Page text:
# How do automatics work?

bonebloodyidleOctober 3, 2009

After surgery on my back I had to trade my 6 speed manual Astra in for an automatic as the use of a clutch pedal in heavy Dublin traffic was leaving me in agony. I know little about automatics, with them being as rare as hen's teeth here but I would like to learn more. How does the torque converter work and how does the gearbox know when to change up and down? What about kickdown? I flatten it and it feels like I have let off a nuclear bomb behind me. Knowing how they work will mean I can drive them better.

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jemdandy

You have asked a really BIG question and unfortunately, I can not answer it in "25 words or less", and I may not be able to anwser it satisfactorily for your purpose. Your best bet is to go to a college or library that has mechnaical engineering textbooks, and look up automtive transmissions. Look for cut-away drawings showing the action. A few repair manuals, especaially the ones for transmission re-building, may have the information you require.

But, I suspect you did not wish to delve this deeply into the innards of a transmission. I will try to give a short version.

A manual transmission is intricate, but has easy to understand, straight forward gearing; Automatics are more intricate and use planetary gear arrangements consisting of a central or "Sun" gear, a carrier holding "planet" gears against the sun gear, and third outer ring with internal teeth with which the planet gears ride in. Now, consider these three elements or subassemblies: Sun, planets, and outer ring; To transmit motion, one element is "fixed", one set driven, and the third is the output. So, for a single set of planetary gears, 3 different speed ratios are available depending on which element is locked, and which element is driven. One of these combinations will have an output rotation that is the reverse of the input. By stacking two sets of planetary gear systems on a shaft and hooking one to the other, a variety of gear ratios are available including reverse.

Now, what you wnated to know, is "How does all this claptrap work?" The elements are held or allowed freedom by a system of cluthces and bands. These clutches and bands are hydraulically operated. Smaller 'servo valves' control the larger hydraulic actuators and select which ones to lock. To change gears, one set must unlock while a second set locks. Smoothness of gear change depends on critical timing between these two actions.

The automatic transmission has had a long history of development and improvement. In the 1930, an electric solenoid shifted transmission was available for the Kissel brand made in Wisconsin. It was shifted by pushbutton. That one was a "slam dunk clunker" and was not a marketing success. It and the Kissel car died during the depression years.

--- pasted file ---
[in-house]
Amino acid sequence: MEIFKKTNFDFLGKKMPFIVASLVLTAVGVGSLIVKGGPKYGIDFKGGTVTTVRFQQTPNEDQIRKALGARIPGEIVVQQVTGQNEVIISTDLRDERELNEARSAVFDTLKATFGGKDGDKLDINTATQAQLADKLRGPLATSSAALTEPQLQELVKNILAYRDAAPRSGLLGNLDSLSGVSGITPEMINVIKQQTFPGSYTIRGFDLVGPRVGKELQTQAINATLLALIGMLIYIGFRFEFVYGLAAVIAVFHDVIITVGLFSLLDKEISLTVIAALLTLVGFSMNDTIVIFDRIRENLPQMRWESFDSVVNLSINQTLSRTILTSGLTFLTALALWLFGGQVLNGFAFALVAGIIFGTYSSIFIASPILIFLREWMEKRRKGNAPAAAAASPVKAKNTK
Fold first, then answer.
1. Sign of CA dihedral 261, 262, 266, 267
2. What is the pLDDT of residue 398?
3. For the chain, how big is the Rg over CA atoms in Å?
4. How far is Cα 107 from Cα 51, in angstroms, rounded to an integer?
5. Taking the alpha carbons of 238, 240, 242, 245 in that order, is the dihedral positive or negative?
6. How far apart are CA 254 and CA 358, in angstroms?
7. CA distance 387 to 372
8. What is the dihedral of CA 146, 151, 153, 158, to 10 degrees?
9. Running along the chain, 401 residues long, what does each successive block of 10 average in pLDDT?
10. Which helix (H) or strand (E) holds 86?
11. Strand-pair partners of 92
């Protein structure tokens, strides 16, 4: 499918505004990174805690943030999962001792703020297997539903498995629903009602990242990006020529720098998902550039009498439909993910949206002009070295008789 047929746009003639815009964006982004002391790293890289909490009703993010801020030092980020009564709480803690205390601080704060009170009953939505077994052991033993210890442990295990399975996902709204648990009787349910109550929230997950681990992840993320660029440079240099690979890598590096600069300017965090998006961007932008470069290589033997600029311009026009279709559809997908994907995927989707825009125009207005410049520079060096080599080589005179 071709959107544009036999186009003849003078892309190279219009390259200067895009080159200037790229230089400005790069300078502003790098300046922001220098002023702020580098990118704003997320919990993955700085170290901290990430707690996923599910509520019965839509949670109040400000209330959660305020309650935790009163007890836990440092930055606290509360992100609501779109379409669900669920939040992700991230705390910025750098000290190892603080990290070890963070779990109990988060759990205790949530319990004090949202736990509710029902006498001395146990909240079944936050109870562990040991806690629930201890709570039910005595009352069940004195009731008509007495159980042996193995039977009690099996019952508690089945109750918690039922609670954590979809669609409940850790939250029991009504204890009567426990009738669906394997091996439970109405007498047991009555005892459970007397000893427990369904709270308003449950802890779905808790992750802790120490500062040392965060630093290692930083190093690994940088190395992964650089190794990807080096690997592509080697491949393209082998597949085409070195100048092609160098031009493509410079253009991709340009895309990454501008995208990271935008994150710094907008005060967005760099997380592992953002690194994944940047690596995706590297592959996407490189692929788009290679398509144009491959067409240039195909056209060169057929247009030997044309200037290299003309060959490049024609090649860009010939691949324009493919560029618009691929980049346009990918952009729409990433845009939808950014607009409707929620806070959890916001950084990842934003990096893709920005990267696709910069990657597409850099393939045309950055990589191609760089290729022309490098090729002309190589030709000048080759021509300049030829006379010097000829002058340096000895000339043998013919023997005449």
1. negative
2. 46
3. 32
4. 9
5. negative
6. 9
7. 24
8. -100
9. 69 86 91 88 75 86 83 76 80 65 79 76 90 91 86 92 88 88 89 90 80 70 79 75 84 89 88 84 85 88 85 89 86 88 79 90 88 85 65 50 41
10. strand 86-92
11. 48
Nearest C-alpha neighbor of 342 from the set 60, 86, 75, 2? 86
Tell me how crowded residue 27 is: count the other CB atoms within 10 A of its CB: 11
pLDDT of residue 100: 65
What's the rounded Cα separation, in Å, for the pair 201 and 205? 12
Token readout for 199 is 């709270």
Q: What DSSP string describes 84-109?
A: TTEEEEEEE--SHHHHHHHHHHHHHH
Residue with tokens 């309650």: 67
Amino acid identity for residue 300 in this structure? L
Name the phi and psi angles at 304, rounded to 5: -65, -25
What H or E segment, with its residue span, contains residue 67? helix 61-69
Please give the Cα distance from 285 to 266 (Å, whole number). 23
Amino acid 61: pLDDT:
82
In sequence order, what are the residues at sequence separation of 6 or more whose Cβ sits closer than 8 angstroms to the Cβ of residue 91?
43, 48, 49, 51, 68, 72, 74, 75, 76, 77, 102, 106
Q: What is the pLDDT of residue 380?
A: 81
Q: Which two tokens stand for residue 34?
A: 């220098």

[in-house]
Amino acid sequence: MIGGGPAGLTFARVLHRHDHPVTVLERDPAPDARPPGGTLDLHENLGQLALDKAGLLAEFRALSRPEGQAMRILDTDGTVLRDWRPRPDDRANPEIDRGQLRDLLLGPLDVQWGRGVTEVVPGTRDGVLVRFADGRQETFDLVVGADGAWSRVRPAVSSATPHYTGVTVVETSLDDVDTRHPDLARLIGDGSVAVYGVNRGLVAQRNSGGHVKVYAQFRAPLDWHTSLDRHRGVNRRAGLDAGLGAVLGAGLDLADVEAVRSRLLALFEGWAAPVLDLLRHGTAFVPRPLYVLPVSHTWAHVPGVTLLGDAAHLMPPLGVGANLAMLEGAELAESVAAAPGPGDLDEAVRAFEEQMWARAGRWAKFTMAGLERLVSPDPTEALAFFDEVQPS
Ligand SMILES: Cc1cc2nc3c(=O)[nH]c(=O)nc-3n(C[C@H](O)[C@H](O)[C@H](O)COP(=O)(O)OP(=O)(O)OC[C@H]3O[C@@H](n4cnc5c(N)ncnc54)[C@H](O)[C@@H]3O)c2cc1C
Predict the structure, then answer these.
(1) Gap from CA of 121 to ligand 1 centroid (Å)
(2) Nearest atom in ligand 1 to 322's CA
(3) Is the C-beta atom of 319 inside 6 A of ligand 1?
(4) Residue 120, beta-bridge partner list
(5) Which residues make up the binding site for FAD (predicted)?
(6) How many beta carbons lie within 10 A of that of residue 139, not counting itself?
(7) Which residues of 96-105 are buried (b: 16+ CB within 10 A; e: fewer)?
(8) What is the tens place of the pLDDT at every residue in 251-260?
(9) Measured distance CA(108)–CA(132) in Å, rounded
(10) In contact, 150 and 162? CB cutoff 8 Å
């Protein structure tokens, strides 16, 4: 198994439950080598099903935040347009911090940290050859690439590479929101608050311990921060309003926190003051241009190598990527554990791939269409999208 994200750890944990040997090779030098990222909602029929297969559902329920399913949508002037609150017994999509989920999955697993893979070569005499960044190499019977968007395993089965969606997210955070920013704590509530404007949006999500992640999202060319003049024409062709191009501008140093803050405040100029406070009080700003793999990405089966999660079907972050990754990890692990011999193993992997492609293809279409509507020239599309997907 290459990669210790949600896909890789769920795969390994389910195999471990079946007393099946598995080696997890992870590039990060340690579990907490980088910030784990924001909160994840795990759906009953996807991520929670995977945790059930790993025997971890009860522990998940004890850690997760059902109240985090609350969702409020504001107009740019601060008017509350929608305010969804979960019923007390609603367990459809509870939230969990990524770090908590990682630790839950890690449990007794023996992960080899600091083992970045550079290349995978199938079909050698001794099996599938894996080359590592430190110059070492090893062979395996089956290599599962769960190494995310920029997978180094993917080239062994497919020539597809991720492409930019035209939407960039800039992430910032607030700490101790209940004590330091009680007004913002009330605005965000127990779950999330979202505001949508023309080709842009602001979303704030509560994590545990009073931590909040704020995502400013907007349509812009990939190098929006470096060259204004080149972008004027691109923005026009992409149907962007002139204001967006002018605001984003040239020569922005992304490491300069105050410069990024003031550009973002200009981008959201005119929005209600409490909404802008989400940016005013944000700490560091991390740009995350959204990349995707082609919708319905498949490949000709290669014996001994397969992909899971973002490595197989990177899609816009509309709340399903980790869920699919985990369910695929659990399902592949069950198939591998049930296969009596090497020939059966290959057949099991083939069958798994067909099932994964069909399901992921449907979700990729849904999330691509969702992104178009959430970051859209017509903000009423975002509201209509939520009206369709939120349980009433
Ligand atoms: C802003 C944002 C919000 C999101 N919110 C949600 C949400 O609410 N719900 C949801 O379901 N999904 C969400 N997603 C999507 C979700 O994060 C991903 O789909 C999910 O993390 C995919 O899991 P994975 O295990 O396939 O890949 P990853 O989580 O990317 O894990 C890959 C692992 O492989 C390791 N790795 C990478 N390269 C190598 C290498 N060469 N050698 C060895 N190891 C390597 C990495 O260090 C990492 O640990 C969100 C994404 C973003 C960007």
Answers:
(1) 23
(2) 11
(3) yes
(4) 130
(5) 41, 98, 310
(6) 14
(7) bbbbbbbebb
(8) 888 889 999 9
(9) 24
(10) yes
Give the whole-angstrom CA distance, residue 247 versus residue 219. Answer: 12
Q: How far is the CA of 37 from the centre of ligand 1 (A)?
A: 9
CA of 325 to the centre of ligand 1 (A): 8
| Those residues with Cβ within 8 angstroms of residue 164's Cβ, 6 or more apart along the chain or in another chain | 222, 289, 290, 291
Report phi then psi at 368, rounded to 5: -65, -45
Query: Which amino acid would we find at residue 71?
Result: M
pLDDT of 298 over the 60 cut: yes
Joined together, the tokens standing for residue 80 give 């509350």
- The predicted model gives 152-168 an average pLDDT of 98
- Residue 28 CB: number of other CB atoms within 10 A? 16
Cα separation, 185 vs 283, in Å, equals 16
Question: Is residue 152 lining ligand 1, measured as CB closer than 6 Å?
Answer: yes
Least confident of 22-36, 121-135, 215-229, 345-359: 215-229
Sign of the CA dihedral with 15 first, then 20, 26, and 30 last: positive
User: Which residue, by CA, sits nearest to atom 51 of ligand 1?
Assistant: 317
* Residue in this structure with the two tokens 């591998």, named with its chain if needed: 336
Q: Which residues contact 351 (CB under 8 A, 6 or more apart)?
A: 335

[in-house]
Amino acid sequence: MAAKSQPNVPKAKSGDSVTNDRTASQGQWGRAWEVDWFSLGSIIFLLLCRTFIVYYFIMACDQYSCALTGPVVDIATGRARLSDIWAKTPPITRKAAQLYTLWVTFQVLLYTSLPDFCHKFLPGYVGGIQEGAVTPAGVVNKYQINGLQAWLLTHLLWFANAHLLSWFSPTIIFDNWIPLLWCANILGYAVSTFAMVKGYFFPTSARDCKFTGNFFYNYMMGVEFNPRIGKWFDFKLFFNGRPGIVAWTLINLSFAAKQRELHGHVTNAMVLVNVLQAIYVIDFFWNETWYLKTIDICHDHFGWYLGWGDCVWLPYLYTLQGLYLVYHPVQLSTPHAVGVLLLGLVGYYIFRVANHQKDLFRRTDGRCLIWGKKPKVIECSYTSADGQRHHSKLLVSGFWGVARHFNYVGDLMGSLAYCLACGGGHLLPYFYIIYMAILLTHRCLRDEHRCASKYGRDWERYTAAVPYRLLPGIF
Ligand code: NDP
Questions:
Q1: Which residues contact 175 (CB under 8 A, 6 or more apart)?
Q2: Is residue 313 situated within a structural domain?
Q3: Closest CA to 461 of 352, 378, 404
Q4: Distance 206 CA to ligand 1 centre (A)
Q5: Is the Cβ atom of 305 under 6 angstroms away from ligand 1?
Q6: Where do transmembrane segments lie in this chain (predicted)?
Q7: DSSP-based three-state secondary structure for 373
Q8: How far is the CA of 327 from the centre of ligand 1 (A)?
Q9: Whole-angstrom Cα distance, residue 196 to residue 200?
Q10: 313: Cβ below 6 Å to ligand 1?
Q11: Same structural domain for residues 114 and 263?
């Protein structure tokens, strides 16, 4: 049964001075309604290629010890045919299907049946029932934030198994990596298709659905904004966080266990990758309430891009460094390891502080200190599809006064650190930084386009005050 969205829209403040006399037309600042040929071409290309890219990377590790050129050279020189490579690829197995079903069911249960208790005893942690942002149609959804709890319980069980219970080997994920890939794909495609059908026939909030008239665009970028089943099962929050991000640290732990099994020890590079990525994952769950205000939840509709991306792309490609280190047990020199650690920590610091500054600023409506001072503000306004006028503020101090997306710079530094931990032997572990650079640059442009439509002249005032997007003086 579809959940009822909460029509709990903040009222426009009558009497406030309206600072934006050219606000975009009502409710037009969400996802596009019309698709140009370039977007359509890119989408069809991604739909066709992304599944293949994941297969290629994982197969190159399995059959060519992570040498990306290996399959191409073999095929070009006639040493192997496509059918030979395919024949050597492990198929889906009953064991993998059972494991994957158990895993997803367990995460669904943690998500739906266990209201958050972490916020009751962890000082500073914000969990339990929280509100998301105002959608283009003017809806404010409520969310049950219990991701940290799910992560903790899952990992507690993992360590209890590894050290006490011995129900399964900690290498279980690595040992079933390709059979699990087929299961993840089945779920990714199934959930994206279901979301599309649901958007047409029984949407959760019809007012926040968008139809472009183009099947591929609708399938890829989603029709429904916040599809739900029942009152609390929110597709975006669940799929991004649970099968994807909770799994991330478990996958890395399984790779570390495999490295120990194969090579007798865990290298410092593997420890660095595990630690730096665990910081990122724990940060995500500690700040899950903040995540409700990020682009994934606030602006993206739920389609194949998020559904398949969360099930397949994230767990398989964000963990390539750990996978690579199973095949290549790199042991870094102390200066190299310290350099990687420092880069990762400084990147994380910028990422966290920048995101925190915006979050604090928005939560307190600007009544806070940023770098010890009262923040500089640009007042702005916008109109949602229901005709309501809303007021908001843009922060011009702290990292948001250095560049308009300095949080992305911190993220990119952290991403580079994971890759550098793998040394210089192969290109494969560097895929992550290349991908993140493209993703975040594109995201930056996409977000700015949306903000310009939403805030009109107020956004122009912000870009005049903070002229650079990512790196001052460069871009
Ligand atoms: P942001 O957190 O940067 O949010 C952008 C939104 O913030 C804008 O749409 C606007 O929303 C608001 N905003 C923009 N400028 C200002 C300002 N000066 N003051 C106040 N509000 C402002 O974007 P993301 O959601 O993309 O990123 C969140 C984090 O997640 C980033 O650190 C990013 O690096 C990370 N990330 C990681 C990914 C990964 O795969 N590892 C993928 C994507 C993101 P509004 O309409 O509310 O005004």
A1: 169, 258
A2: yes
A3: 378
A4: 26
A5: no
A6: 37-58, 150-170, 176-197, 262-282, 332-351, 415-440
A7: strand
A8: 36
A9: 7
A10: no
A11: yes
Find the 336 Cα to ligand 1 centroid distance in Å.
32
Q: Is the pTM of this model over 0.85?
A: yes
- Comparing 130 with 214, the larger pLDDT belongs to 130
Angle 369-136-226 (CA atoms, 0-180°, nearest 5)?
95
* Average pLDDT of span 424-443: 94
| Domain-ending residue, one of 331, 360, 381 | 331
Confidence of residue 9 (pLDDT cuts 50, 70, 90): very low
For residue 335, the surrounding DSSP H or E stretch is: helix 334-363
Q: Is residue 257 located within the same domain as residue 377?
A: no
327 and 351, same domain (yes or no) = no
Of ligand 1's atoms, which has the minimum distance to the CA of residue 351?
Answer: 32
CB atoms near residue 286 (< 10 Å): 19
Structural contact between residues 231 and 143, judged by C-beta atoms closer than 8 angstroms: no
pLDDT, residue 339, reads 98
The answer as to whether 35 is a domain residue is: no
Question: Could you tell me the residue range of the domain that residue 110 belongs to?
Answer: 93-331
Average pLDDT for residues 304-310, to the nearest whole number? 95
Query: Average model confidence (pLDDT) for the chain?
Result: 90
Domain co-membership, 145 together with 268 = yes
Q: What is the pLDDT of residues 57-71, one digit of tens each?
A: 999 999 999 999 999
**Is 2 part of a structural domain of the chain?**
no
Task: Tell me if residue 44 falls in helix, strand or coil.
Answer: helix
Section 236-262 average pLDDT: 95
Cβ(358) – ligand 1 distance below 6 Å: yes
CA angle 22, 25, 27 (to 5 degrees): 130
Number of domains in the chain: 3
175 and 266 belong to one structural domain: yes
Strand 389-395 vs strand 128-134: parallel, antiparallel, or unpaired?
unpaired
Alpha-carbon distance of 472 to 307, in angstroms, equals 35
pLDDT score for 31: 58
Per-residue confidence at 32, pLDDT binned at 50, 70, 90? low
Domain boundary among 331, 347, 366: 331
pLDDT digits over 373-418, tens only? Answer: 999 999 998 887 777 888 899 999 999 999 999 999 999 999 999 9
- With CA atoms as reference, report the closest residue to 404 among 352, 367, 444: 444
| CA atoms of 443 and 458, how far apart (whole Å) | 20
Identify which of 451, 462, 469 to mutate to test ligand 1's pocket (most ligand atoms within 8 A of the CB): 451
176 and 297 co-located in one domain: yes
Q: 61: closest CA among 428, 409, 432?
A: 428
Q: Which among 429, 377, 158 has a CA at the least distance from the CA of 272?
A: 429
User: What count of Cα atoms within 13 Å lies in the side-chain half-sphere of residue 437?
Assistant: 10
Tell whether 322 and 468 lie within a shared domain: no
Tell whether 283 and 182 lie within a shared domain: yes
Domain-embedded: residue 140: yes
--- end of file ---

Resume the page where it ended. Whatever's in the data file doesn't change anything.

The next, and more successful automatic was developed by the Oldsmoblie division of GM. GM named this transmission the "Hydraumatic" and it had both a fluid coupling and a torque convertor. Drivers got the impression it had 4 speeds, but what it had was 2 geared speeds and 2 more apparent speeds depending on locking or unlocking one of the fluid drive elements. This combination gave 4 apparent speeds. That transmission was a nightmare to keep in adjustment. In the 1950s, The Chrysler Corp. deveolped an automatic and dubbed it "Torque-flight". As the years passed, improvements on that transmission made it a sucessful offering. And of course, Ford had their version, too.

The next major development was the addition of lockup clutch on the torque convertor. This cut the fluid drive losses and improved fuel mileage.

All went well until about 1989 when better microprocessors became available for automtive applications. Chrysler redesigned their transmission and put the lockup clutch inside the transmission case. The hydraulic logic for shifting was replaced by electronic control and trouble popped up. A new round of development began and it took about 10 years to find a winning combination. Ford and GM managed to avoid much of the bad shift problem, but had their share of other electronic and sensor problems.

To sum it up, it is not "smoke and mirrors", but rather shifting is accomplised by the coordinated action of locking and unlocking a set of clutches and bands to select the input-output ratio. These friction elements are the major wear items in an automatic.

October 4, 2009 at 4:36AM
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bonebloodyidle

OK that's the 'box more or less taken care of, and I take my hat off to jemdandy for such a comprehensive explanation without resorting to jargon. Now how about the torque converter? How does it tell the difference between when I'm sat in D at the traffic lights with my foot on the brake and when I'm, say, trying to pull a real heavy trailer loaded up with bullocks up a real steep hill? I remember in a manual generating some serious clutch smoke on the way back from the cattle mart pulling away up these Co. Cavan hills.

October 6, 2009 at 7:49PM
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gary__
October 6, 2009 at 10:50PM
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bonebloodyidle

What a fantastic website Gary. Thanks for that. I want to know how everything in my life works so I'll be on howstuffworks.com quite a bit from now on. Next thing I'll look up will be how the wife works.

October 8, 2009 at 6:02PM
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